The announcements mark a new wave of lawmakers buckling down for a two-week self-quarantine period, set to last until March 27. The first wave came after news broke that an attendee at the Conservative Political Action Conference (CPAC) had tested positive for the virus, prompting House Republicans including Reps. Mark MeadowsMark Randall MeadowsMeadows resigns from Congress, heads to White House Meadows set to resign from Congress as he moves to White House Mnuchin emerges as key asset in Trump's war against coronavirus MORE (N.C.) and Doug CollinsDouglas (Doug) Allen CollinsGeorgia makes it easier to get mail-in ballots after delaying primary Overnight Energy: House stimulus aims to stem airline pollution | Environmental measures become sticking point in Senate talks | Progressives propose T 'green stimulus' House bill would ban stock trading by members of Congress MORE (Ga.), who attended the conference, to self-quarantine.

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But Wednesday marked a new reality for the nation’s lawmakers as the first two members announced on the same day that they had tested positive: Diaz-Balart and Rep. Ben McAdams (D-Utah).

Diaz-Balart said he first felt symptoms developing on Saturday evening, including a headache and fever.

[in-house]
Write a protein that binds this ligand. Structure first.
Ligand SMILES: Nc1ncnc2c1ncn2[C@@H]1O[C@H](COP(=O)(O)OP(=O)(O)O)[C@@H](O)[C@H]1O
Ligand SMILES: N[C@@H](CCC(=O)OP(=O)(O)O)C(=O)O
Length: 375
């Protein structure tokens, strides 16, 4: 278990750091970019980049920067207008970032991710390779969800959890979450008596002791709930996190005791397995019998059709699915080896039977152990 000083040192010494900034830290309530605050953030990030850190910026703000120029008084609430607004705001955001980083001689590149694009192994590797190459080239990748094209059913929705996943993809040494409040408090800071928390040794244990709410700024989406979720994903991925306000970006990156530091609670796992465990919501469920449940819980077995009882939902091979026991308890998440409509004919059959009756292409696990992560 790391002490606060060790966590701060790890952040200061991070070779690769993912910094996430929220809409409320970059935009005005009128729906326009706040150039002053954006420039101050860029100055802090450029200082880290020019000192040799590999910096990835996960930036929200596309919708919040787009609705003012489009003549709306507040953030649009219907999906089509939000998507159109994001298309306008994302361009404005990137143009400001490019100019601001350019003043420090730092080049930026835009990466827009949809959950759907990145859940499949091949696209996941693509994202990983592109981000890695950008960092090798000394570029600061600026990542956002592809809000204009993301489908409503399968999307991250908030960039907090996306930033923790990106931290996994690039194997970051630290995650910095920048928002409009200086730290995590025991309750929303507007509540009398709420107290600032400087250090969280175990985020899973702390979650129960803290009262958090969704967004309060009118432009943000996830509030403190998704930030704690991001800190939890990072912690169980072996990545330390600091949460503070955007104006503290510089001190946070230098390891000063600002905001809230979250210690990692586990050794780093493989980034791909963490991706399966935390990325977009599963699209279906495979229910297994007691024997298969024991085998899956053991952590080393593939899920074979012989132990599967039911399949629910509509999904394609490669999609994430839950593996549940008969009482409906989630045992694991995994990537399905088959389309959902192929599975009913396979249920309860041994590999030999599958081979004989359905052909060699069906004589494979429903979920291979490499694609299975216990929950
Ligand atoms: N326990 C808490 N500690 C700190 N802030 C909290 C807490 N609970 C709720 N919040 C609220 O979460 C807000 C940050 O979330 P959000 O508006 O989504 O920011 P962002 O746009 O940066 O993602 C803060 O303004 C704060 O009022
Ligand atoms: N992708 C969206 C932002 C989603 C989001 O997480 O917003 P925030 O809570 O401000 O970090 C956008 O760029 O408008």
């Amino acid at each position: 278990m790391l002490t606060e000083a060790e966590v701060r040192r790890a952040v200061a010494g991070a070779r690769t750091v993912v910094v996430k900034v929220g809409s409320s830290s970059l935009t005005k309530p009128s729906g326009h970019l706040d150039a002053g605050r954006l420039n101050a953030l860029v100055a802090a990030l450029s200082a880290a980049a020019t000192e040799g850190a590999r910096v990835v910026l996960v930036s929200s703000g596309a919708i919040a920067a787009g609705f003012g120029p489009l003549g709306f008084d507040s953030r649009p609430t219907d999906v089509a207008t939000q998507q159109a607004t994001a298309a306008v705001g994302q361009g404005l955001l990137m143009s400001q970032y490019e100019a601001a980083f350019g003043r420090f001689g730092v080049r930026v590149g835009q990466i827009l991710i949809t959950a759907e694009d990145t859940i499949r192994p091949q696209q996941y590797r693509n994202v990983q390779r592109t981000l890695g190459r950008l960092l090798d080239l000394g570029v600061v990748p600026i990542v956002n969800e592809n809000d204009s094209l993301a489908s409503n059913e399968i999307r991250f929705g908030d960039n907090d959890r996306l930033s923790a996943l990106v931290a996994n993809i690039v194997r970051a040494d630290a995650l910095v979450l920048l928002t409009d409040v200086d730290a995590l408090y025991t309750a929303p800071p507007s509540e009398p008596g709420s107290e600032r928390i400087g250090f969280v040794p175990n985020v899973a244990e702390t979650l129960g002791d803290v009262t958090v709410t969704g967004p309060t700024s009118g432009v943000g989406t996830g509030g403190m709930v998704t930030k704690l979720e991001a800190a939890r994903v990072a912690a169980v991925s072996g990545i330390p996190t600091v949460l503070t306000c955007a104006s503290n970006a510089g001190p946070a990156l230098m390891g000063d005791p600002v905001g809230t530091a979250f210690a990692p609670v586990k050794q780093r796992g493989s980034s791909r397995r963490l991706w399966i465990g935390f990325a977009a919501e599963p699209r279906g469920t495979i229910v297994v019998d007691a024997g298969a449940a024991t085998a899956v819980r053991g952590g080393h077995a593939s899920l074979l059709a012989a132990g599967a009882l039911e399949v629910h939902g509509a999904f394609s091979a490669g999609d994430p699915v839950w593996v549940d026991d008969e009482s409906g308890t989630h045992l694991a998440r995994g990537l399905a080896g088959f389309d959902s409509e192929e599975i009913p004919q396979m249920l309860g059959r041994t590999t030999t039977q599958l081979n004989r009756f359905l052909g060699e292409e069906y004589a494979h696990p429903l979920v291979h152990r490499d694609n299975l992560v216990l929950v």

The day before, he was on the House floor voting with his colleagues late at night after the House and Trump administration went back and forth in their negotiations over legislation responding to the coronavirus pandemic.

The Florida Republican has issued a statement stating that he is “feeling much better,” while stressing the seriousness of following Centers for Disease Control and Prevention (CDC) guidelines for avoiding catching or spreading the disease.

McAdams, a member of the centrist Blue Dog Coalition, also announced Wednesday that his symptoms had begun over the weekend.

“On Saturday evening, after returning from Washington, D.C., I developed mild cold-like symptoms,” McAdams wrote in a statement. He added that he went into self-isolation but his “symptoms got worse.” 

“I developed a fever, a dry cough, and labored breathing and I remained self-quarantined,” McAdams said.

Other Blue Dog members have since announced that they are self-quarantining.

“Last Friday, I was in contact with a fellow Member of Congress who has tested positive for COVID-19. On the advice of the Attending Physician of the U.S. Congress and out of an abundance of caution, I will be self-quarantining until Friday, March 27, 2020,” Rep. Stephanie MurphyStephanie MurphyPelosi scrambles to secure quick passage of coronavirus aid Sunday shows preview: State governors and top medical officials prepare for next week of COVID-19 response Members of House GOP leadership self-quarantining after first lawmakers test positive MORE (D-Fla.) said in a statement late Wednesday.

The domino effect of the self-quarantine announcements are likely in part due to vigorous efforts of the House physician’s office, which has worked to determine with whom the infected members have been in contact before their symptoms began to develop. 

The infections of two House members sent shockwaves of anxiety through Capitol Hill, adding further pressure to take precautions.